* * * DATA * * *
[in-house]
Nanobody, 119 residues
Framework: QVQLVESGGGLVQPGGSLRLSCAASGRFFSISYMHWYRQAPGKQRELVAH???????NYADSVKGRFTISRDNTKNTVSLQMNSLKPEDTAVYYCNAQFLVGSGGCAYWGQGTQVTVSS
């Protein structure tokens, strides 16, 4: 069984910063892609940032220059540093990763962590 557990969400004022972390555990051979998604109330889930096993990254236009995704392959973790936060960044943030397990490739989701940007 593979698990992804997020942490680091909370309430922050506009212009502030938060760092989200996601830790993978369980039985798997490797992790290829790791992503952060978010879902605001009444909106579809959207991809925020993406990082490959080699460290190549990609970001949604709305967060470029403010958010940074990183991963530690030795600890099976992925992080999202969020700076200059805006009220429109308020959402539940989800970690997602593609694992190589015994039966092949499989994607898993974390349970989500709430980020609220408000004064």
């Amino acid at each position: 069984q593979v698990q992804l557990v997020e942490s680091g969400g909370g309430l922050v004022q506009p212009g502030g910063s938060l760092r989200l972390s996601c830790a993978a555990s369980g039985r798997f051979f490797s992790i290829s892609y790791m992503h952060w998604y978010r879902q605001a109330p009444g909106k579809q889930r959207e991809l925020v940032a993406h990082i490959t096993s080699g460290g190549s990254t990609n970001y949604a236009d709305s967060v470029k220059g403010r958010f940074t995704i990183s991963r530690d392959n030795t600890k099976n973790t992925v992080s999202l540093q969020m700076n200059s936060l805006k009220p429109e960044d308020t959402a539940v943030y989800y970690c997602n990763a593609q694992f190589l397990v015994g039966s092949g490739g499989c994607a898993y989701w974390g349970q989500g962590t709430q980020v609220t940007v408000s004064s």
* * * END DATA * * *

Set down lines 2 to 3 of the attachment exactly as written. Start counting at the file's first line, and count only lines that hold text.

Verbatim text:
Nanobody, 119 residues
Framework: QVQLVESGGGLVQPGGSLRLSCAASGRFFSISYMHWYRQAPGKQRELVAH???????NYADSVKGRFTISRDNTKNTVSLQMNSLKPEDTAVYYCNAQFLVGSGGCAYWGQGTQVTVSS